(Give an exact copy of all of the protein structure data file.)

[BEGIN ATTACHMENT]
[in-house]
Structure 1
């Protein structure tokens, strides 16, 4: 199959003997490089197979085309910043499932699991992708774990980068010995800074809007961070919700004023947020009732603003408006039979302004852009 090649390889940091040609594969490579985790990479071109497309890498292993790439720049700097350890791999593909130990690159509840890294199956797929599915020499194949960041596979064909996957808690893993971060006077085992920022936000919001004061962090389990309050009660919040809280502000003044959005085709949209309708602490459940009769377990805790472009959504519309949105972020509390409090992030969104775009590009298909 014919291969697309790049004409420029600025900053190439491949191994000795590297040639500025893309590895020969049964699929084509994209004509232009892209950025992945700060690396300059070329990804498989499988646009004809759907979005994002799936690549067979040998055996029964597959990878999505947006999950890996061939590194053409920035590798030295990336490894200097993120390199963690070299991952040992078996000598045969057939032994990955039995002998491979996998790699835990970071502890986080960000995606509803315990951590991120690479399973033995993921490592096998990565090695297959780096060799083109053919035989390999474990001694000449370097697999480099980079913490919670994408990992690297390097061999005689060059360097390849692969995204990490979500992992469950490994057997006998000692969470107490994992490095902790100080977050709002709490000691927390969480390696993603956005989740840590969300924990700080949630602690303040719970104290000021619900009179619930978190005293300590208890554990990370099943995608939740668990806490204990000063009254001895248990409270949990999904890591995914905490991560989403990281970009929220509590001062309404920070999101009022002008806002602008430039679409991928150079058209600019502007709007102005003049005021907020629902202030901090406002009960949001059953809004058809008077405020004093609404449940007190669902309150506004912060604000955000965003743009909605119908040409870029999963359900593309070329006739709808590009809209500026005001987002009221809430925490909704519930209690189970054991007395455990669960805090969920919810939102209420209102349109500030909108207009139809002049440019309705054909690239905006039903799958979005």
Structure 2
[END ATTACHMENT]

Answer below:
[in-house]
Structure 1
């Protein structure tokens, strides 16, 4: 199959003997490089197979085309910043499932699991992708774990980068010995800074809007961070919700004023947020009732603003408006039979302004852009 090649390889940091040609594969490579985790990479071109497309890498292993790439720049700097350890791999593909130990690159509840890294199956797929599915020499194949960041596979064909996957808690893993971060006077085992920022936000919001004061962090389990309050009660919040809280502000003044959005085709949209309708602490459940009769377990805790472009959504519309949105972020509390409090992030969104775009590009298909 014919291969697309790049004409420029600025900053190439491949191994000795590297040639500025893309590895020969049964699929084509994209004509232009892209950025992945700060690396300059070329990804498989499988646009004809759907979005994002799936690549067979040998055996029964597959990878999505947006999950890996061939590194053409920035590798030295990336490894200097993120390199963690070299991952040992078996000598045969057939032994990955039995002998491979996998790699835990970071502890986080960000995606509803315990951590991120690479399973033995993921490592096998990565090695297959780096060799083109053919035989390999474990001694000449370097697999480099980079913490919670994408990992690297390097061999005689060059360097390849692969995204990490979500992992469950490994057997006998000692969470107490994992490095902790100080977050709002709490000691927390969480390696993603956005989740840590969300924990700080949630602690303040719970104290000021619900009179619930978190005293300590208890554990990370099943995608939740668990806490204990000063009254001895248990409270949990999904890591995914905490991560989403990281970009929220509590001062309404920070999101009022002008806002602008430039679409991928150079058209600019502007709007102005003049005021907020629902202030901090406002009960949001059953809004058809008077405020004093609404449940007190669902309150506004912060604000955000965003743009909605119908040409870029999963359900593309070329006739709808590009809209500026005001987002009221809430925490909704519930209690189970054991007395455990669960805090969920919810939102209420209102349109500030909108207009139809002049440019309705054909690239905006039903799958979005």
Structure 2